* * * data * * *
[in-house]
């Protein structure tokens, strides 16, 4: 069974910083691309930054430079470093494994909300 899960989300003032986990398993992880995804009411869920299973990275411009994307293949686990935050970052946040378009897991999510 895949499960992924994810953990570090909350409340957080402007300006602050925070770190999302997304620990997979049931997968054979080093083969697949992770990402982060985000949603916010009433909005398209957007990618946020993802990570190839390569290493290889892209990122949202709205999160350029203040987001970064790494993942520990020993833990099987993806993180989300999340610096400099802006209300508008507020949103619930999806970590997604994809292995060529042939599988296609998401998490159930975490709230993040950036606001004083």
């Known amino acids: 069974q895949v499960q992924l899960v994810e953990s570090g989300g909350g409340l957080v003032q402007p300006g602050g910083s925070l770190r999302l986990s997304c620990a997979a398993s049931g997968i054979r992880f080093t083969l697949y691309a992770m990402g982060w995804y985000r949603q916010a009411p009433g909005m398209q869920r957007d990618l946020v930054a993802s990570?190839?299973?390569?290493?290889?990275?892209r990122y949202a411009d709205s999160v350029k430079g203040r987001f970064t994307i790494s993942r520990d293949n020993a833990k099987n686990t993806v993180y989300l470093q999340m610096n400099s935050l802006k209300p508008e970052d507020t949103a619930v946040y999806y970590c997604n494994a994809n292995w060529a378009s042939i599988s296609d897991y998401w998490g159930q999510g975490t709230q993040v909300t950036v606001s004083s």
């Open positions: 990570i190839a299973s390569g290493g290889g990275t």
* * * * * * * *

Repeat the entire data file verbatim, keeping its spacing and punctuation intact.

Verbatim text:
[in-house]
């Protein structure tokens, strides 16, 4: 069974910083691309930054430079470093494994909300 899960989300003032986990398993992880995804009411869920299973990275411009994307293949686990935050970052946040378009897991999510 895949499960992924994810953990570090909350409340957080402007300006602050925070770190999302997304620990997979049931997968054979080093083969697949992770990402982060985000949603916010009433909005398209957007990618946020993802990570190839390569290493290889892209990122949202709205999160350029203040987001970064790494993942520990020993833990099987993806993180989300999340610096400099802006209300508008507020949103619930999806970590997604994809292995060529042939599988296609998401998490159930975490709230993040950036606001004083």
């Known amino acids: 069974q895949v499960q992924l899960v994810e953990s570090g989300g909350g409340l957080v003032q402007p300006g602050g910083s925070l770190r999302l986990s997304c620990a997979a398993s049931g997968i054979r992880f080093t083969l697949y691309a992770m990402g982060w995804y985000r949603q916010a009411p009433g909005m398209q869920r957007d990618l946020v930054a993802s990570?190839?299973?390569?290493?290889?990275?892209r990122y949202a411009d709205s999160v350029k430079g203040r987001f970064t994307i790494s993942r520990d293949n020993a833990k099987n686990t993806v993180y989300l470093q999340m610096n400099s935050l802006k209300p508008e970052d507020t949103a619930v946040y999806y970590c997604n494994a994809n292995w060529a378009s042939i599988s296609d897991y998401w998490g159930q999510g975490t709230q993040v909300t950036v606001s004083s």
């Open positions: 990570i190839a299973s390569g290493g290889g990275t």